• @ A.D. You might wish to study the case of an exponential distribution instead of the Cauchy distribution. I have done this successfully, and can present it here, when I find the time (and your consent, because I don't want to spoil your pleasure). – Dr. Wolfgang Hintze Jan 17 '15 at 14:23
• Please see my question and I will be very happy if you help me. – Argha Feb 25 '15 at 19:54

I apologize if I have misunderstood the aim here. $P(\Pi X_i>2.5)$ where $X$ is 10 iid CauchyDistribution[1,1].

It seems the easiest way to estimate this is by simulation, e.g:

pdt[n_] :=
Module[{p =
ProductDistribution @@ Table[CauchyDistribution[1, 1], {n}], rv},
rv = RandomVariate[p, 100000];
Length[Pick[rv, Times @@ # > 2.5 & /@ rv]]/100000.]


Now, Mean[Table[pdt,{100}] yielded 0.365691.

or more simply (as they are iid) you could just:

rr = RandomVariate[CauchyDistribution[1, 1], {10000, 10}];
Length@Pick[rr, Times @@ # > 2.5 & /@ rr]/10000.


This yielded 0.3665

This is just illustrative.

Now two approaches using integration yield the same result but though 'close' to the simulation sufficiently worryingly different. This may represent errors related to discretization of region. I would be guided by experts.

Both:

With[{vb = Table[Unique["x"], {10}]},
NIntegrate[Times @@ Table[PDF[CauchyDistribution[1, 1], j], {j, vb}],
vb \[Element] ImplicitRegion[Times @@ vb > 2.5, vb]]]


and

With[{var = Table[Unique["x"], {10}]},
Integrate[
PDF[ProductDistribution @@ Table[CauchyDistribution[1, 1], {10}],
var], var \[Element] ImplicitRegion[Times @@ var > 2.5, var]]]


yield 0.386509

Both integration approaches take a long time.

Apologies again if I have misunderstood.

Supplementary Material

To provide insight into transformed distribution:

dat = Times @@@ RandomVariate[CauchyDistribution[1, 1], {10000, 10}];
ed = EmpiricalDistribution[dat];

p1 = Plot[SurvivalFunction[ed, x], {x, -4, 4}, PlotRange -> {0, 1},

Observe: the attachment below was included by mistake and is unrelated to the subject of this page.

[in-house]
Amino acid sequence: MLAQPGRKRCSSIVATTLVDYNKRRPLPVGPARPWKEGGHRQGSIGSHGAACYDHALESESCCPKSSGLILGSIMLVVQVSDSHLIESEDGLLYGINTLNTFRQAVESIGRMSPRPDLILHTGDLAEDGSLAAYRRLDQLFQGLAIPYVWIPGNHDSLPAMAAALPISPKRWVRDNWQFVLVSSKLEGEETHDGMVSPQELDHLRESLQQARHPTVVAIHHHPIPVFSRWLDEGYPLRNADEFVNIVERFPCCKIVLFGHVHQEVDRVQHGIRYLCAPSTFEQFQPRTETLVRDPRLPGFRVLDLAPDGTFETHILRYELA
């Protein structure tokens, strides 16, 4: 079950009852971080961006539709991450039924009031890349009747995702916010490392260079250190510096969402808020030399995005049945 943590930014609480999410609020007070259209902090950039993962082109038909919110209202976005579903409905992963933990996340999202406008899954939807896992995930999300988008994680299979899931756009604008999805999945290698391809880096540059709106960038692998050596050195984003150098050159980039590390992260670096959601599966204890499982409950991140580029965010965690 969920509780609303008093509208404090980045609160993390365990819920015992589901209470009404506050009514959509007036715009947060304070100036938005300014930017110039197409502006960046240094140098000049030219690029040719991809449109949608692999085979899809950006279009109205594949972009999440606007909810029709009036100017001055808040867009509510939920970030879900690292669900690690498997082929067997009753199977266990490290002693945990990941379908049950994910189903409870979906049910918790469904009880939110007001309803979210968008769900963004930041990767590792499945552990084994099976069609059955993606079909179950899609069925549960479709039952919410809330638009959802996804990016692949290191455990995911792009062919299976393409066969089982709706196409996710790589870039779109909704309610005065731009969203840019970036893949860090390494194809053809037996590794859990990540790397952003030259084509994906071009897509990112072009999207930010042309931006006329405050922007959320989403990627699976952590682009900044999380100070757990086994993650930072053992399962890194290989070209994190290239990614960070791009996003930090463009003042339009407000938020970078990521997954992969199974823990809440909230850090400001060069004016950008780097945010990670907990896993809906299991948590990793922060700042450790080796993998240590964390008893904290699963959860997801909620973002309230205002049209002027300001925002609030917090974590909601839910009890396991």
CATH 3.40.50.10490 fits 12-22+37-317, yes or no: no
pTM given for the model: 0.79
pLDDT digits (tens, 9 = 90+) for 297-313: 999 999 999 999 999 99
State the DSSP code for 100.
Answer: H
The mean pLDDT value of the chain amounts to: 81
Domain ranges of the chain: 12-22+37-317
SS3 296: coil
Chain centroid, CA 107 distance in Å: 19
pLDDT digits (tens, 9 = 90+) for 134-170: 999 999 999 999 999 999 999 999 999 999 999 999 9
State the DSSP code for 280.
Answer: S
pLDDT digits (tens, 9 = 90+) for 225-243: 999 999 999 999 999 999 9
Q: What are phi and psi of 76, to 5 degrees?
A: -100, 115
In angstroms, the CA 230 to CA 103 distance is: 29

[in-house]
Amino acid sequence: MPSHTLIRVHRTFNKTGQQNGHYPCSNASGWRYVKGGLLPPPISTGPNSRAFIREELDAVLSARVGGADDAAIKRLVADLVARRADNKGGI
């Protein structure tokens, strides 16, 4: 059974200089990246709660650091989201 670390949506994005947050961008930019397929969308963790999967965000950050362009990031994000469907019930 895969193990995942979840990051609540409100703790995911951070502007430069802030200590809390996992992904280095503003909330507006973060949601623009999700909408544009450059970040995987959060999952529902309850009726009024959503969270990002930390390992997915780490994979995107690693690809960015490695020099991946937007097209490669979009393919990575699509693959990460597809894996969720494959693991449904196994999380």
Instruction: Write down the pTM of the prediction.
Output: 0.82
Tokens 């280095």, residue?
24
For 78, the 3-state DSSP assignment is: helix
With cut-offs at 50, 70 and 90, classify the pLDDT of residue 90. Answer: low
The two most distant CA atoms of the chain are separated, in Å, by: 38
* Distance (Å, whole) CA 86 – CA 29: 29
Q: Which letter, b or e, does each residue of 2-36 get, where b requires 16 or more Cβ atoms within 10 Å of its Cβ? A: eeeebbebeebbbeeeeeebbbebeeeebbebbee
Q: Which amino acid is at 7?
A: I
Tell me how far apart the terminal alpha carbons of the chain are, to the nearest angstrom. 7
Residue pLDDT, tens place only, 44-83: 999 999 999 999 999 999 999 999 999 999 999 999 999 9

PlotLabel -> "P(Z>z)", GridLines -> {{2.5}, {1 - CDF[ed, 2.5]}},
Epilog -> {Red, PointSize[0.02], Point[{2.5, 1 - CDF[ed, 2.5]}]}]
p2 = Plot[CDF[ed, x], {x, -4, 4}, PlotRange -> {0, 1},
PlotLabel -> "P(Z<z)", GridLines -> {{2.5}, {CDF[ed, 2.5]}},
Epilog -> {Red, PointSize[0.02], Point[{2.5, CDF[ed, 2.5]}]}]
Column[{p1, p2}, Frame -> All]


Comment: my original graphic was misleading: hence, edit. Comparison v 10 use of implicit region with analytic CDF Dr. Wolfgang Hintze.

Tested cases for n=2, n=3. I still think there are numerical errors with 10 dimensional case (related to my use of implicit region) but the n=2 and n=3 agree. • Your result can't be correct. As the PDF for n = 10 is almost exactly symmteric about 0, the probability must be > 0.5. See my result in my post of yesterday (introduction). – Dr. Wolfgang Hintze Feb 1 '15 at 20:15
• @Dr.WolfgangHintze with sincere due respect, your post calculates $P(\Pi X_i < C)$, the complement of what I have calculated (hence your argument does not apply as my result fits in your bound). What is unexplained (to me) is the different results. – ubpdqn Feb 2 '15 at 0:32
• @ ubpdqn You are right, I have calculated the probability of of c<5/2 which is the complement of what is requested in the OP. But, as this is the common understanding of cumulated probability distributions, I have done this consistently in my osts. I'll show my Monte Carlo code, together with the error estimate, in the next edit. – Dr. Wolfgang Hintze Feb 2 '15 at 8:35
• @Dr.WolfgangHintze Thank you, the reason I calculated the SurvivalFunction is because that is what the OP asked for. I accept the intention may have been CDF (if you like) but the question asks for $P(\Pi X_i >C)$. – ubpdqn Feb 2 '15 at 8:41
• @ ubpdqn: our simulation results are in good numerical agreement (taking into account the complement question ;-). As to the worrying difference: as I have provided the exact distributions for n = 1, 2, and 3. You could check the results of your integration approach for these n. – Dr. Wolfgang Hintze Feb 2 '15 at 9:33